Misconceptions Remain On Employing UAE Nationals


Speaking to Khaleej Times, Feddah Abdulla Lootah, Finance and Administration Director of Tanmia, said though Tanmia was working hard to ensure that more and more nationals join the private sector, a lot of misconceptions existed in the private sector regarding employment of nationals.

She was speaking on the sidelines of the Press conference organised yesterday to highlight the Careers UAE-2007, a three-day exhibition aimed at creating job opportunities for Saudi minister unfazed by SR60b remittance by expatriates  



Saudi Gazette: Foreign manpower recruitment in the Kingdom is directly linked to the needs of the country’s development process, Minister of Labor Dr Ghazi Al-Gosaibi said in an interview.

The ministry can’t insist on a specific number, he told the Al-Watan Arabic-language daily.

“As long as we allow them to enter the country to work, it is fair enough to allow them to remit their savings,” Dr. Al-Gosaibi said in answer to a question.
Expatriate workers in Saudi Arabia sent home some $ 14 billion in 2006, according to the Arab Monetary Fund (AMF).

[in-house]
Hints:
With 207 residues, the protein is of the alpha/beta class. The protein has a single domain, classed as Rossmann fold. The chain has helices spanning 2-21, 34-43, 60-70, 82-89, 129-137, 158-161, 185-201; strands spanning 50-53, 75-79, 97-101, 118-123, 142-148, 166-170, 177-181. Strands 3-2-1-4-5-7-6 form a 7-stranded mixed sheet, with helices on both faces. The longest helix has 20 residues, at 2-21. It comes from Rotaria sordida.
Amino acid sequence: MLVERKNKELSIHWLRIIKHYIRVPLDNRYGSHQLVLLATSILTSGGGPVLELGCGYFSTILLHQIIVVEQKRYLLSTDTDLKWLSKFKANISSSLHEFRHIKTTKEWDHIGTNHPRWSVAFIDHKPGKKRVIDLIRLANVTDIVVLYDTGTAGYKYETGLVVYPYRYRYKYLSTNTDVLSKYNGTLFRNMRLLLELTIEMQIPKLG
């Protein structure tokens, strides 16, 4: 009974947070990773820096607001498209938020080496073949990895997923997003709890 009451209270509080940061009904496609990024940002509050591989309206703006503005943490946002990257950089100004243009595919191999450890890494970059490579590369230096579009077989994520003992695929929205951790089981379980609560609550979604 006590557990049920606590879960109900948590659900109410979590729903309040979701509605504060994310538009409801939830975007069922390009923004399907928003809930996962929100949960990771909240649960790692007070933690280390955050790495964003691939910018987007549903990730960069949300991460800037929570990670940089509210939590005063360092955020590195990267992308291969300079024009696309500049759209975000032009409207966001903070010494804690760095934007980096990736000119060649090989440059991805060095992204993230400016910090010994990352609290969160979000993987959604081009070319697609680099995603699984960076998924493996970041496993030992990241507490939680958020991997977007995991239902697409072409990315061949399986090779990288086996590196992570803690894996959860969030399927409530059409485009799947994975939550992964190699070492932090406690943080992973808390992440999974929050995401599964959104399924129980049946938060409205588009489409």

Remittances from Saudi Arabia represented more than half of the total transfers made by foreign workers in the Gulf Cooperation Council (GCC).

Expatriates make up more than a quarter of Saudi Arabia’s total population of around 23 million, according to official figures published in September 2004.

The total amount of remittances sent to Arab countries — especially Egypt, Lebanon and Morocco — was around SR60 billion in 2006, a rise of 53 percent from 2001, the report added.

Foreign workers will keep roaming Saudi streets until there is a precise count of the number of workers the Kingdom needs, the minister said.

“We have started this procedure and we shall go all the way until we realize it. Infiltrators and illegal immigrants are purely a security issue,” Dr. Al-Gosaibi said.

The minister said the decision to replace male shop assistants with Saudi women in accessory shops is final and irreversible.

“We all know the situation in the Kingdom makes women’s employment more difficult than men’s. However this doesn’t mean that the task is impossible. It just needs more effort,” Dr. Al-Gosaibi said while commenting on why there are only 300,000 working Saudi women, despite the census showing they are equal in number to men.


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